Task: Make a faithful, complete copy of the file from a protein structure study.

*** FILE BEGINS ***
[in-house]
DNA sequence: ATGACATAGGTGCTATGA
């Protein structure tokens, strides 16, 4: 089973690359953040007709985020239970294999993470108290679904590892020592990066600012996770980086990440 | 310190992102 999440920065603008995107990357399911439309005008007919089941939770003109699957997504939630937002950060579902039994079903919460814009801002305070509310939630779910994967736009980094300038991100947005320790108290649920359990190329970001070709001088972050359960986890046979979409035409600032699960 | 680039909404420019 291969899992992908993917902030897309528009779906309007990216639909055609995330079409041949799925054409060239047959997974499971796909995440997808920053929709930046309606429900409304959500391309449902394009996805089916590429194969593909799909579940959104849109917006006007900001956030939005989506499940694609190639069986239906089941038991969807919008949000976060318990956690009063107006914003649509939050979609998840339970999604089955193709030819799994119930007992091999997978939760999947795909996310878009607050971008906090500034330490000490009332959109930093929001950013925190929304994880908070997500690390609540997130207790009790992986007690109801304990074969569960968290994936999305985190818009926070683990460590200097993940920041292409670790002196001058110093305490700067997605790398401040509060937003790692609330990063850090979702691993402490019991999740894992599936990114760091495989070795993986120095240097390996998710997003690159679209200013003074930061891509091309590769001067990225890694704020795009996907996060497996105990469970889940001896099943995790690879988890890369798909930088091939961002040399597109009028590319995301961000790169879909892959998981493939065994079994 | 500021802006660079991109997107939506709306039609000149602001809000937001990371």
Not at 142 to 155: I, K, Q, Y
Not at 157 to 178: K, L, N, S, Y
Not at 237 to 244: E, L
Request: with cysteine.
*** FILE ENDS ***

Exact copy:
[in-house]
DNA sequence: ATGACATAGGTGCTATGA
């Protein structure tokens, strides 16, 4: 089973690359953040007709985020239970294999993470108290679904590892020592990066600012996770980086990440 | 310190992102 999440920065603008995107990357399911439309005008007919089941939770003109699957997504939630937002950060579902039994079903919460814009801002305070509310939630779910994967736009980094300038991100947005320790108290649920359990190329970001070709001088972050359960986890046979979409035409600032699960 | 680039909404420019 291969899992992908993917902030897309528009779906309007990216639909055609995330079409041949799925054409060239047959997974499971796909995440997808920053929709930046309606429900409304959500391309449902394009996805089916590429194969593909799909579940959104849109917006006007900001956030939005989506499940694609190639069986239906089941038991969807919008949000976060318990956690009063107006914003649509939050979609998840339970999604089955193709030819799994119930007992091999997978939760999947795909996310878009607050971008906090500034330490000490009332959109930093929001950013925190929304994880908070997500690390609540997130207790009790992986007690109801304990074969569960968290994936999305985190818009926070683990460590200097993940920041292409670790002196001058110093305490700067997605790398401040509060937003790692609330990063850090979702691993402490019991999740894992599936990114760091495989070795993986120095240097390996998710997003690159679209200013003074930061891509091309590769001067990225890694704020795009996907996060497996105990469970889940001896099943995790690879988890890369798909930088091939961002040399597109009028590319995301961000790169879909892959998981493939065994079994 | 500021802006660079991109997107939506709306039609000149602001809000937001990371």
Not at 142 to 155: I, K, Q, Y
Not at 157 to 178: K, L, N, S, Y
Not at 237 to 244: E, L
Request: with cysteine.